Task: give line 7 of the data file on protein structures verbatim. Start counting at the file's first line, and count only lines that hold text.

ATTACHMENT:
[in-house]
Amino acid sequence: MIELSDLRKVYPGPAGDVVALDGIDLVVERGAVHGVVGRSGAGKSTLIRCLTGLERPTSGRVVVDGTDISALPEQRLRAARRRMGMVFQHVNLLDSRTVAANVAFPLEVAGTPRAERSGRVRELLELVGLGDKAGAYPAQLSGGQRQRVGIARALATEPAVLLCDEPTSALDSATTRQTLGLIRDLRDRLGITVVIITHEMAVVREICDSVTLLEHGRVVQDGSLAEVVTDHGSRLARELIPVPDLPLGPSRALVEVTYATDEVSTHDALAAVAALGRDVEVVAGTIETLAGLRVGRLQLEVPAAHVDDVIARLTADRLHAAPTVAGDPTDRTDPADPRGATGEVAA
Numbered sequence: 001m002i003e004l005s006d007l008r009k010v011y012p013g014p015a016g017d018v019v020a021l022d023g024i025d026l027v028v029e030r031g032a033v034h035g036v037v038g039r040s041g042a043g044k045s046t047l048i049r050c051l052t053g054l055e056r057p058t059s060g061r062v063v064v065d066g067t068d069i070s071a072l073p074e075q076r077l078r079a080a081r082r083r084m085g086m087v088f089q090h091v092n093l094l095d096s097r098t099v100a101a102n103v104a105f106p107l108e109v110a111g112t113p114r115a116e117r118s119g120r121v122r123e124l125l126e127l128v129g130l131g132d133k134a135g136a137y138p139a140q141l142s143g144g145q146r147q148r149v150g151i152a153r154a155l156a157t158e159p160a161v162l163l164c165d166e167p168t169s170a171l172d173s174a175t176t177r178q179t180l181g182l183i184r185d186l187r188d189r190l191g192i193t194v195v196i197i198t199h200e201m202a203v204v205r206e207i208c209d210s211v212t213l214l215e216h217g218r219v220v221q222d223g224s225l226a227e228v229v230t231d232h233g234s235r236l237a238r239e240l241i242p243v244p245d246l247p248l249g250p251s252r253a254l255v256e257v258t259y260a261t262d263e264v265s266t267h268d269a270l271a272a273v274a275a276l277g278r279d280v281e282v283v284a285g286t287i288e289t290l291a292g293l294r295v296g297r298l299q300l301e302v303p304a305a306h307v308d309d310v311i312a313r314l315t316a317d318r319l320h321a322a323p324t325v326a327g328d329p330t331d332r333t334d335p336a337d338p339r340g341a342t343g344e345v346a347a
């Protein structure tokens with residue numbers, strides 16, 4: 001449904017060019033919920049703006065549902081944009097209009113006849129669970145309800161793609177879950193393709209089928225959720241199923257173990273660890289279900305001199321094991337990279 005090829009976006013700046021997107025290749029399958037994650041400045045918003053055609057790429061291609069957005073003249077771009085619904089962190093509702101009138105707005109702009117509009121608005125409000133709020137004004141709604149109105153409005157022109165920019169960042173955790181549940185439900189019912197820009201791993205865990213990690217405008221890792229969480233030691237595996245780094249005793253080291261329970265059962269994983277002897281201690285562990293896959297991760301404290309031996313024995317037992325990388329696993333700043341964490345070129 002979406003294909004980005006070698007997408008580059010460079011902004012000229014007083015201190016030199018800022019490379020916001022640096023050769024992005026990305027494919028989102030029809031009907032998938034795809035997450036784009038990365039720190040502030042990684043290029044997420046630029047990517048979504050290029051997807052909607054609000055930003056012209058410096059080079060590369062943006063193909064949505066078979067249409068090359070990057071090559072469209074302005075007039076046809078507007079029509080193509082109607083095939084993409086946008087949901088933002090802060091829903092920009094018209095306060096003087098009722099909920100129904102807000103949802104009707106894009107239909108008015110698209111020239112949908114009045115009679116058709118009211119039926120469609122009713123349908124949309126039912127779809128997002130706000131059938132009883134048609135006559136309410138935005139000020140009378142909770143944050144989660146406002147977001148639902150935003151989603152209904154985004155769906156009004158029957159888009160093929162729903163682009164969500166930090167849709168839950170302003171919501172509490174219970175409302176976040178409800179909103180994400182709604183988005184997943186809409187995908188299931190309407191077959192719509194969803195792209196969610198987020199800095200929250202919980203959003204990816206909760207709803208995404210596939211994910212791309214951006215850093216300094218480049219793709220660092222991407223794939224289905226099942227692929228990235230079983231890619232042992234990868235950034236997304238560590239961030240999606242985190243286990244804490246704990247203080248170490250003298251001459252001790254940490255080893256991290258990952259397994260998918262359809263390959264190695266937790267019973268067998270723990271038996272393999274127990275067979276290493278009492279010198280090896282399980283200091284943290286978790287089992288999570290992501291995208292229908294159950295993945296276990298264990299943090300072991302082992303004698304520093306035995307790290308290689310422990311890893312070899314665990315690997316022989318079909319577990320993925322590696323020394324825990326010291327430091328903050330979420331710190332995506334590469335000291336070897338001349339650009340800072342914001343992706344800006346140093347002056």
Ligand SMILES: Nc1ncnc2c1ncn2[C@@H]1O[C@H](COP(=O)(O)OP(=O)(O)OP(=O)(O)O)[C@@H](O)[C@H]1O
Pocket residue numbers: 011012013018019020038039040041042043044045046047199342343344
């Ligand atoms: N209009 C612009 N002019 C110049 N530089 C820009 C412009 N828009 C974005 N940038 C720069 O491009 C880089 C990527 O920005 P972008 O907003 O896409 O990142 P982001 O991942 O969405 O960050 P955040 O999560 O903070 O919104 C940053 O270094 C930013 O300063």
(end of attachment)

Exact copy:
């Ligand atoms: N209009 C612009 N002019 C110049 N530089 C820009 C412009 N828009 C974005 N940038 C720069 O491009 C880089 C990527 O920005 P972008 O907003 O896409 O990142 P982001 O991942 O969405 O960050 P955040 O999560 O903070 O919104 C940053 O270094 C930013 O300063």